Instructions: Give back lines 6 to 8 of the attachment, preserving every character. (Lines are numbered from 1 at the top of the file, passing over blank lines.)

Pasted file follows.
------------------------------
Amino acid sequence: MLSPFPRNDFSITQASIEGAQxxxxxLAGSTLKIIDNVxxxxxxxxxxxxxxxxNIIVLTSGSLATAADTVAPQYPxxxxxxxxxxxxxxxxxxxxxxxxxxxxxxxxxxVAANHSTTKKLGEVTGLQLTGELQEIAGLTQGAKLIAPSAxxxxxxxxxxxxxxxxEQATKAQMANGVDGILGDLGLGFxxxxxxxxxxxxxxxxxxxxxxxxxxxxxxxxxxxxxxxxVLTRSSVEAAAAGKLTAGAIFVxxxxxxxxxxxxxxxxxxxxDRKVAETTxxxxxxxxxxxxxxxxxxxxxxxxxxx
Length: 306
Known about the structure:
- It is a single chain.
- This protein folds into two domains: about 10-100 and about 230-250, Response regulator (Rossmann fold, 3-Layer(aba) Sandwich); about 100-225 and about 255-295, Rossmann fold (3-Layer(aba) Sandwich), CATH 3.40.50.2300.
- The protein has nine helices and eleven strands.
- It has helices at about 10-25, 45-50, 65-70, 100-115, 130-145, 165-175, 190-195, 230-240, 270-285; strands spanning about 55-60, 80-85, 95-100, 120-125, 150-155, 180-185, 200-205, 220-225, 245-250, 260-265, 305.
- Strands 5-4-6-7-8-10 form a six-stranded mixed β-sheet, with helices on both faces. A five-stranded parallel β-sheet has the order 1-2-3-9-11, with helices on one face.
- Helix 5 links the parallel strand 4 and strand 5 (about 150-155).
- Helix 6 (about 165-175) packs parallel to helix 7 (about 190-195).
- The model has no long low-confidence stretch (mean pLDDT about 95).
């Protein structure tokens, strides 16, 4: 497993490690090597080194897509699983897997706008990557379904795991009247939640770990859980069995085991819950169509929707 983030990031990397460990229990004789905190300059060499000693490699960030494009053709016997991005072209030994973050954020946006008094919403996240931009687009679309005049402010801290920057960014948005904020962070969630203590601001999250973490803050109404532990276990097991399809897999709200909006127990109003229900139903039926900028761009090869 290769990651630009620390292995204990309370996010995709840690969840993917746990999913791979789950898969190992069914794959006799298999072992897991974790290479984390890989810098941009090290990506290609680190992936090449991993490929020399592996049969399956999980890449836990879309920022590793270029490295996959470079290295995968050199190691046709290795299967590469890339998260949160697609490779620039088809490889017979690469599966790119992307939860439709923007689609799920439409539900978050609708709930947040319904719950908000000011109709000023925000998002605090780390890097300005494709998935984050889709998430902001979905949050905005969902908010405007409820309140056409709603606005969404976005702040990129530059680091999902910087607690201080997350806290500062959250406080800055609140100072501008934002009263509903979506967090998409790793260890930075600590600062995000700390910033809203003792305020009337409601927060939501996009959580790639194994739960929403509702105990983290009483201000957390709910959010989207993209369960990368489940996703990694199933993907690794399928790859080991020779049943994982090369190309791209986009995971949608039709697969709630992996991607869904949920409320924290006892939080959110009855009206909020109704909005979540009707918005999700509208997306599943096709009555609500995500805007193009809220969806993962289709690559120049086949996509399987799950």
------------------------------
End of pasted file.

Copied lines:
- The protein has nine helices and eleven strands.
- It has helices at about 10-25, 45-50, 65-70, 100-115, 130-145, 165-175, 190-195, 230-240, 270-285; strands spanning about 55-60, 80-85, 95-100, 120-125, 150-155, 180-185, 200-205, 220-225, 245-250, 260-265, 305.
- Strands 5-4-6-7-8-10 form a six-stranded mixed β-sheet, with helices on both faces. A five-stranded parallel β-sheet has the order 1-2-3-9-11, with helices on one face.